Yep, you basically have to drop the subscription, make the changes, then re-publish. Not a quick process if the database is large, as you'll have to send another snapshot.
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jon100Author Commented:
woh - yeah its a big database - thats a big job.

ok thanks

can i just check one thing - I have an office server and a web server - the two are replicated. The office server has an admin system on and the web server has a website on. Both need to run sprocs.

You say that if stored procedures are 'FOR REPLICATION' then they are executed on the publisher and subscriber (if its run on subscriber its auto run on publisher, and visa versa?).

so if I republish, and *do not select any* sprocs for replication - then go to the subscriber and run a sql script to setup the sprocs - it will then not replicate sproc actions - ie if a sproc runs on publisher OR subscriber it will not also be run on the other. Instead it will just propagate any changes in the tables etc.

Is that right? One problem I can see is that, say there is a create customer sproc on one of the boxes - in that sproc it creates a customer using newid() for the customers id - if its replicated it will create two different customers on either box.

sorry to stretch this out - I really appreaciate your help!
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crescendoCommented:
If a sproc is marked FOR REPLICATION, when you execute it on the publisher any changes to tables in the same publication are not sent to the subscriber. Instead, it sends the same parameters and executes the sproc at the subscriber via RPC.

The question with NewID is whether you do it as part of a new customer sproc, or in an insert trigger. If you do it in a sproc you shouldn't have a problem. If you do it in a trigger, the subscriber will get the new row and try to execute the same trigger. Guess how you stop this happening? Mark the trigger NOT FOR REPLICATION, which stops its triggering where the incoming data is sourced from a replication rather than a local user.

The books make replication seem ever so easy. Just click here, then here, and bingo you have a replicated system. Hmmm....
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jon100Author Commented:
Thanks for all your help!

Yeah you're not wrong, the books really should go into more depth - have you considered writing one? :)
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jon100Author Commented:
By the way - can you recommend a good book that covers SQL Server 2k replication?
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crescendoCommented:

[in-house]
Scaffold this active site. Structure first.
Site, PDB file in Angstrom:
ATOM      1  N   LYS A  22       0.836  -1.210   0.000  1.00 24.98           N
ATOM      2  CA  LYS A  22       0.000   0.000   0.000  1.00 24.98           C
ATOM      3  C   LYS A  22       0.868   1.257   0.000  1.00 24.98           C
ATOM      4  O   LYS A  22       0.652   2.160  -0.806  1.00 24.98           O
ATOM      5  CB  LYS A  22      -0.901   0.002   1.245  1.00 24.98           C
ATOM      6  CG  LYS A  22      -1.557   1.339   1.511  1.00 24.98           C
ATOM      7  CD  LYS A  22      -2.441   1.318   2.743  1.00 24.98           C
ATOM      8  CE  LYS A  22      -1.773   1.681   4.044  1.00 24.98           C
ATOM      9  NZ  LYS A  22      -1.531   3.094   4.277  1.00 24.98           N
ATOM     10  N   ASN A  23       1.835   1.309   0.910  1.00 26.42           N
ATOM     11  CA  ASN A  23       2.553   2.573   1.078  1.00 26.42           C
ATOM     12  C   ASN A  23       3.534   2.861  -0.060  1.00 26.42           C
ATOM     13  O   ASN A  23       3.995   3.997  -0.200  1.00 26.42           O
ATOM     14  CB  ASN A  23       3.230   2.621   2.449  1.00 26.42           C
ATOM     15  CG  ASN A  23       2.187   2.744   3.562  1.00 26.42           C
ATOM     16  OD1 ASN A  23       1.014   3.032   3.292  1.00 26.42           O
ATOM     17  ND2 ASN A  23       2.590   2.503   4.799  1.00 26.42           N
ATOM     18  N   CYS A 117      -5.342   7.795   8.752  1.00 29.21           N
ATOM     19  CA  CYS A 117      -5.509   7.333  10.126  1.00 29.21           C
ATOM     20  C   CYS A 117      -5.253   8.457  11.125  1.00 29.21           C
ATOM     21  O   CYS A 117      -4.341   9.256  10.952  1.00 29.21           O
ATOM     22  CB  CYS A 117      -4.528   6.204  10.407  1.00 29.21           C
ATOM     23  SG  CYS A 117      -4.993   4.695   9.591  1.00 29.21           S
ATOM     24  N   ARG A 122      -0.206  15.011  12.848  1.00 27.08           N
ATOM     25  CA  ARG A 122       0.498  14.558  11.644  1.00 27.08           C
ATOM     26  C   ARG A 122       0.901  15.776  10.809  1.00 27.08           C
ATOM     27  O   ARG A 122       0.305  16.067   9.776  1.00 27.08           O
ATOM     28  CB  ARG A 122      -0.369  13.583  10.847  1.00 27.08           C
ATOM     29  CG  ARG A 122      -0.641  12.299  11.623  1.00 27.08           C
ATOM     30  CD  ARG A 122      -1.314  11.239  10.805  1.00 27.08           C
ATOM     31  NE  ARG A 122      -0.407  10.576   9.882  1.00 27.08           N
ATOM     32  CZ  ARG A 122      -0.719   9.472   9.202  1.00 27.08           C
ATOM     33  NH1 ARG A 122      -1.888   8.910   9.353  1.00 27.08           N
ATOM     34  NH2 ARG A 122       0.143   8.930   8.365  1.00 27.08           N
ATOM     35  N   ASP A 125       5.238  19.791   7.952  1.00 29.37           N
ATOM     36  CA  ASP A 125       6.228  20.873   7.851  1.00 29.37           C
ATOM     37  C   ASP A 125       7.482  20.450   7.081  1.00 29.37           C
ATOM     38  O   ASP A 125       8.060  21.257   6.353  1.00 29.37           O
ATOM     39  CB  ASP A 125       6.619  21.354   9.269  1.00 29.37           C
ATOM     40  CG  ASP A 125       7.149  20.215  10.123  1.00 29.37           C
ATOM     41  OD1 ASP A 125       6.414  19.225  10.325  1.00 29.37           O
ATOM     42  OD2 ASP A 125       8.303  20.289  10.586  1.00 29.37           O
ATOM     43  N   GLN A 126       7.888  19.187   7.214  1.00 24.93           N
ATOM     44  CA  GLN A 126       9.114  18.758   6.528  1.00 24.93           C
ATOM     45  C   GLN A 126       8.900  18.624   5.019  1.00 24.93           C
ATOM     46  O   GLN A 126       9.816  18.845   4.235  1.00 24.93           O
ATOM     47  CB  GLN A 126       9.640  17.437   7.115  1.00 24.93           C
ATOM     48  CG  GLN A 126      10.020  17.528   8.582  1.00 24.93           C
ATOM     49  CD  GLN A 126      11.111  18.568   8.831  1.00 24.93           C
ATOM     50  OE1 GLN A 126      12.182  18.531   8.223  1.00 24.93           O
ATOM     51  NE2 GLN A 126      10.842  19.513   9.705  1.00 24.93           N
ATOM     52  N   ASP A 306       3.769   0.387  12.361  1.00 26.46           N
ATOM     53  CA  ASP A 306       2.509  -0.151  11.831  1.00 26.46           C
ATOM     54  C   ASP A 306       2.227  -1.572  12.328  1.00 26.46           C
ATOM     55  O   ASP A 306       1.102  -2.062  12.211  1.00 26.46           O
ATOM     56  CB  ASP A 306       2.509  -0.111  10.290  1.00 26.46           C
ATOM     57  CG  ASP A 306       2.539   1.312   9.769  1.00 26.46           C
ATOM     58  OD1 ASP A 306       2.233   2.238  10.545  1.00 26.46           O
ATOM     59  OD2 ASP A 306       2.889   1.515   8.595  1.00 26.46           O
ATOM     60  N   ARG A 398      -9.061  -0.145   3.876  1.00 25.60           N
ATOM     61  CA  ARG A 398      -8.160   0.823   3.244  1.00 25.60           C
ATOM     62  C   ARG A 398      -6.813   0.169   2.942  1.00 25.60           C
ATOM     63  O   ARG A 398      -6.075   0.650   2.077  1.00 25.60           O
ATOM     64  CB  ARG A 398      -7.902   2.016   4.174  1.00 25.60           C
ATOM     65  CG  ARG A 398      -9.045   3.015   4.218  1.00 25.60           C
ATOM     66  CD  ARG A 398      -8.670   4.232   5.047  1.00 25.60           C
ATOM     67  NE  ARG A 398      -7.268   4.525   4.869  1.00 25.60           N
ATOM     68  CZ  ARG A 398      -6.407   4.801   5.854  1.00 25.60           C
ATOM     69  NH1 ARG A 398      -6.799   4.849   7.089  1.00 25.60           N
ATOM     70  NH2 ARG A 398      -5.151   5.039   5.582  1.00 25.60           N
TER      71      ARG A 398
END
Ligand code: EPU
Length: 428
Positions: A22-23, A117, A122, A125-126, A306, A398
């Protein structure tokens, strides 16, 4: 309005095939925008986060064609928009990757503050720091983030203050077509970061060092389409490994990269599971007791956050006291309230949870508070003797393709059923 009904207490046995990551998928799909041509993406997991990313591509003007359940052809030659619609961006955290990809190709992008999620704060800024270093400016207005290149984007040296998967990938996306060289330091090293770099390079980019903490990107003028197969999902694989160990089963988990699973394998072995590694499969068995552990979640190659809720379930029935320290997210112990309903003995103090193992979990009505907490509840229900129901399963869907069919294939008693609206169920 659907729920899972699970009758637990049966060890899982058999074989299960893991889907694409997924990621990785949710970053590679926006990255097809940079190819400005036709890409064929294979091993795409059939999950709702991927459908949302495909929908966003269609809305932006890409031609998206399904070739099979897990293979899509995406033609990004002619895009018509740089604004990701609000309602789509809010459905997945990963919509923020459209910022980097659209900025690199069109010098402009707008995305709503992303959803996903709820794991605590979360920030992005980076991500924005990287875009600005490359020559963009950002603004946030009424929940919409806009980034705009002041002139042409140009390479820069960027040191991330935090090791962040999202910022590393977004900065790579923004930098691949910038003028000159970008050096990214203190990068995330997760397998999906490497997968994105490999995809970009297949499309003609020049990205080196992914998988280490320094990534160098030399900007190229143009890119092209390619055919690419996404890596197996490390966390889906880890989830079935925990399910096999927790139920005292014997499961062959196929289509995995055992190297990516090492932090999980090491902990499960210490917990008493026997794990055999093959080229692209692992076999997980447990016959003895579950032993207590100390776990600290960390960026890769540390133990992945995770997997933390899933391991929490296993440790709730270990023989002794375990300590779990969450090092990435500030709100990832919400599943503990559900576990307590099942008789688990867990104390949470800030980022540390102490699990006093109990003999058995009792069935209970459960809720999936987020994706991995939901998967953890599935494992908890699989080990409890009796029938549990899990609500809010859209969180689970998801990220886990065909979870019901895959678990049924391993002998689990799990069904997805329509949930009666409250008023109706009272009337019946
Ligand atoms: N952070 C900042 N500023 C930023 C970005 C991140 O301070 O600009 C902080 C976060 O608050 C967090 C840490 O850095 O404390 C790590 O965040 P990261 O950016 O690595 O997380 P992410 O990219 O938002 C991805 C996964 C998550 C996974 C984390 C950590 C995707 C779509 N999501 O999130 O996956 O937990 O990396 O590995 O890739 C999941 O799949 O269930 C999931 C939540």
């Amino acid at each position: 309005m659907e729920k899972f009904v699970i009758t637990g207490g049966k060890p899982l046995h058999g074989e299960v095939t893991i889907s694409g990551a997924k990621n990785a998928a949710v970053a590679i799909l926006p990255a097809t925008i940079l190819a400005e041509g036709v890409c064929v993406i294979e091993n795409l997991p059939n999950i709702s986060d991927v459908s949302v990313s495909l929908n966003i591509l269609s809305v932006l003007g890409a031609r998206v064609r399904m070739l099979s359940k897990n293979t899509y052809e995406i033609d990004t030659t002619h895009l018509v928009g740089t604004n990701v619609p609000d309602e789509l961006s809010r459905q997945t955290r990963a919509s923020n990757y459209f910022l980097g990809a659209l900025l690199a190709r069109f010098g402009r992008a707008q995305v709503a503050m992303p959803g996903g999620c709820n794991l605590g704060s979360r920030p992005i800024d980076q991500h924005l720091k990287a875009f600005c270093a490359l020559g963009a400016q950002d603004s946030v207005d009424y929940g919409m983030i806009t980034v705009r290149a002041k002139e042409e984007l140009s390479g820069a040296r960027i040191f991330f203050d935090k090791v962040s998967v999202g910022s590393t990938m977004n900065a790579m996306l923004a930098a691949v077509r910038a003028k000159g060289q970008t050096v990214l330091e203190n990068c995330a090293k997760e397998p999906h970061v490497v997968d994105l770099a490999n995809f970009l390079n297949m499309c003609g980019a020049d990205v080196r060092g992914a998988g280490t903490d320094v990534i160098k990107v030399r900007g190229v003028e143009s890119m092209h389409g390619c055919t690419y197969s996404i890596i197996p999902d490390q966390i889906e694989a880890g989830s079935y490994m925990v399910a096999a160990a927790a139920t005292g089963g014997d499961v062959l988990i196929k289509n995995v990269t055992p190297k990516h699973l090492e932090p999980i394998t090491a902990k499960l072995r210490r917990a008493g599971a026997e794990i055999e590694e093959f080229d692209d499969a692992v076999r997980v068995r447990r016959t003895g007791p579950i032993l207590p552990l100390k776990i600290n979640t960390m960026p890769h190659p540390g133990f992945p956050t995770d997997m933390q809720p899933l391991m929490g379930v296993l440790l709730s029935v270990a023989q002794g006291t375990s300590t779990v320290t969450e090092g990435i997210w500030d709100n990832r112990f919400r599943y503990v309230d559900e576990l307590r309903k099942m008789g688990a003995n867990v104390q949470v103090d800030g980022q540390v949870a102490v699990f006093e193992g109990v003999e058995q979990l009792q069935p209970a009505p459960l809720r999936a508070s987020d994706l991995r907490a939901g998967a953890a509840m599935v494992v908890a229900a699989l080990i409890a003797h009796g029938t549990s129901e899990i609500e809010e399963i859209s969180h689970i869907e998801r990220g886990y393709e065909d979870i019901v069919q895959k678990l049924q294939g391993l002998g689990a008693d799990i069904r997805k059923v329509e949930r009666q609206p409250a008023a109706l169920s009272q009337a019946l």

<<can you recommend a good book>>

Sadly no. I struggled to find out what I know, mainly by reading Books Online and solving lots of problems myself, very slowly. As I said before, it turns out to be more complicated than the books suggest. I spent over a year implementing a replication schme for a client, and had to write several programs to simplify setup, monitoring, password changes etc. The idea was to leave the client able to manage it themselves but I suspect they still struggle to grasp the concepts.
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jon100Author Commented:
lol yes - i expected it to be a lot simpler at the outset. Im sure people would pay even for a small book on replication if it contains invaluable information - so if possible I think you should consider it.

Ive just got another quick point - Ive imported something into one of the databases using a DTS package (from a csv file). Ive noticed that the changes are not propagated across to the other database (though if I manually edit any of the records they are).

I assume there is a trigger somewhere that needs to be fired that is not being fired when the DTS import runs - do you know any easy ways to get round this and make the imported data automatically copy to the other database?

thanks..
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crescendoCommented:
DTS is probably using BULK INSERT which is not logged and therefore won't trigger replication. Try importing to a temporary file and inserting into the live table from there.
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jon100Author Commented:
thanks..

when you say 'file' - if I import to an 'intermediate' table first - then copy from that table to the correct ones, that should be ok yes?
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crescendoCommented:
Sorry, yes, that's exactly what I meant. You see, I'd be no good at writing a book!
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jon100Author Commented:
lol - dont sell yourself short....
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jon100Author Commented:
ill edit it if you like :)